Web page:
Skip to main content
European Commission logo print header

NEutron Spectrometry to Prevent Illicit Nuclear Trafficking

Periodic Reporting for period 1 - NESPINT (NEutron Spectrometry to Prevent Illicit Nuclear Trafficking)

Reporting period: 2017-01-01 to 2017-06-30

The project aims at developing an innovative detector, NESPINT, for detecting illicit trafficking of nuclear materials across international borders. The expected outcome of the project is a working prototype, tested in operational environment, to be implemented in security scanners. Illicit trafficking of nuclear materials through international borders is a big open problem worldwide, as in the 1993-2015 period 2922 confirmed incidents have been reported, out of which 188 in 2015.

This detector will be able to recognize whether nuclear material has been smuggled into a luggage or a container, thus significantly improving the security level at border and airport check points. Indeed, one of the most dreaded situations in these years is that a terrorist attack may involve the use of nuclear materials to manufacture dirty bombs or nuclear weapons. The product which will be developed in the project is currently conceived for a niche market, which involves a relatively low number of users in Europe. However, this market is constantly growing in size due to the increasing concerns involving nuclear terrorism.

The final objective is to install the detector in a number of European airports and at EU borders in order to stop the illicit trafficking of nuclear material. The attention will be especially focused on the borders close to the middle East and former Soviet republics, as it is well known that most of the nuclear material available for terrorist purposes come from those areas.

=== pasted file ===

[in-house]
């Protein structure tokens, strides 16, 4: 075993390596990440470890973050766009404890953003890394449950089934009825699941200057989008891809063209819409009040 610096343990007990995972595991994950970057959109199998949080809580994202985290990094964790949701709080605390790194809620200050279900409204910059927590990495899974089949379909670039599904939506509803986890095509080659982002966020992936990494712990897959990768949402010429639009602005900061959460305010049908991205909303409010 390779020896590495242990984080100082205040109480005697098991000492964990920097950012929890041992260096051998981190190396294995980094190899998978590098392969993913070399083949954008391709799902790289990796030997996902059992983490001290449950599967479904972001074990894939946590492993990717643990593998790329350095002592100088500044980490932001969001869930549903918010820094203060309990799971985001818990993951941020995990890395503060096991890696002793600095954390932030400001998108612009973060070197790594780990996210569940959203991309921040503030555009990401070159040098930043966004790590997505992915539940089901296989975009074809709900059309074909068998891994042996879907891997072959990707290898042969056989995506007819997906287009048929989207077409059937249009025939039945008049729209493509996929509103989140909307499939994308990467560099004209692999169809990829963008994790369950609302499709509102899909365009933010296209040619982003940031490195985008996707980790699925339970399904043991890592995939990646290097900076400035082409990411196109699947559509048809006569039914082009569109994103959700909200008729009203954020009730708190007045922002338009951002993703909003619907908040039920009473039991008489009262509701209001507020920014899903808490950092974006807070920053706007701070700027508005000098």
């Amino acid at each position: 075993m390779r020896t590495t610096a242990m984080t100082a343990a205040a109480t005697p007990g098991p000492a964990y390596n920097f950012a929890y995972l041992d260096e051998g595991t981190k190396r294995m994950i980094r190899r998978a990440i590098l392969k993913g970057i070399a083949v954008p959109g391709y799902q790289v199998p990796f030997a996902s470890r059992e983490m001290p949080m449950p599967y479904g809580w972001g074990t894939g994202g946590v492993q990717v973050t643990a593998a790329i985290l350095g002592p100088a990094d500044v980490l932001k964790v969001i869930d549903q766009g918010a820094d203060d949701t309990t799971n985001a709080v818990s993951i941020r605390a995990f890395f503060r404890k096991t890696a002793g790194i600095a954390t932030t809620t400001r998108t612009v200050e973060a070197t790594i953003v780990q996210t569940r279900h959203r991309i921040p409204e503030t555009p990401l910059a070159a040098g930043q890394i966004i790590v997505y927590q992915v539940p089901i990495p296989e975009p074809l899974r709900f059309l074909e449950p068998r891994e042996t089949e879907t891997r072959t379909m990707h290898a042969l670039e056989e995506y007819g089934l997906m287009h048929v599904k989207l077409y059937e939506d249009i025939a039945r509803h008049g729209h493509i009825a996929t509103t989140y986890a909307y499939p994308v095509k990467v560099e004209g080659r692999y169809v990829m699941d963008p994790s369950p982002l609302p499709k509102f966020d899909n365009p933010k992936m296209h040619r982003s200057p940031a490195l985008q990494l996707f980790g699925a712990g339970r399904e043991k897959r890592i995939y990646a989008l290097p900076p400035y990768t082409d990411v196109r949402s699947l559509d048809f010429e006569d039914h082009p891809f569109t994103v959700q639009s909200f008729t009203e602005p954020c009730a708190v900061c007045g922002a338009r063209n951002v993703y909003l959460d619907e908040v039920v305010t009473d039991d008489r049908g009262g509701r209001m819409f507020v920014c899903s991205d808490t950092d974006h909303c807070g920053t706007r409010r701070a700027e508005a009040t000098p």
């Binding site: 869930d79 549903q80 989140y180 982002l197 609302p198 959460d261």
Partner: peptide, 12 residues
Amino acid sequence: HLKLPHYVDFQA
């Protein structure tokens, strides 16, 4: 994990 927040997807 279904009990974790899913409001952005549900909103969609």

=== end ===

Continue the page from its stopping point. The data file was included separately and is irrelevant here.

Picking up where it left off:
The action allowed us to prepare a clear, measurable and realistic business plan, to estimate the total and serviceable available market (TAM/SAM), to determine the technical and financial risks associated to the project, to define the applicable international standards, to prepare project valorisation plans, including cost/benefit analysis for patent registration, to perform networking activities, including participation in international events, for finding interest partners for phase 2, to analyse the bottlenecks in the ability to increase the project profitability, and to determine the budget requirements for the funding request to be submitted in phase 2.
The first two months after the beginning of the project allowed us to perform a detailed analysis of all the applicable national and international standards for putting the final product on the market. Indeed, the operation of a device in sensible areas like airports and borders, imposes the compliance with a high number of rules and regulations.

The third month allowed us making a budget estimation for phase 2, after having evaluated all the phases to be encountered during the potential future phase of the project. During this month, we also had the opportunity to talk with experts in the IP protection field, so that we could clarify our ideas on the future steps to be put in place for safely proceeding into the project.

During the fourth month we prepared a risk analysis to understand which are the main risks associated to the continuation of the project and which mitigation actions may be put in place to face these potential risks. This work was heavily supported by the help given by the EU tutor, Mr. Paolo Anselmo.

The fifth month allowed us to prepare a complete and precise business plan, for better understanding the potential profitability of the project.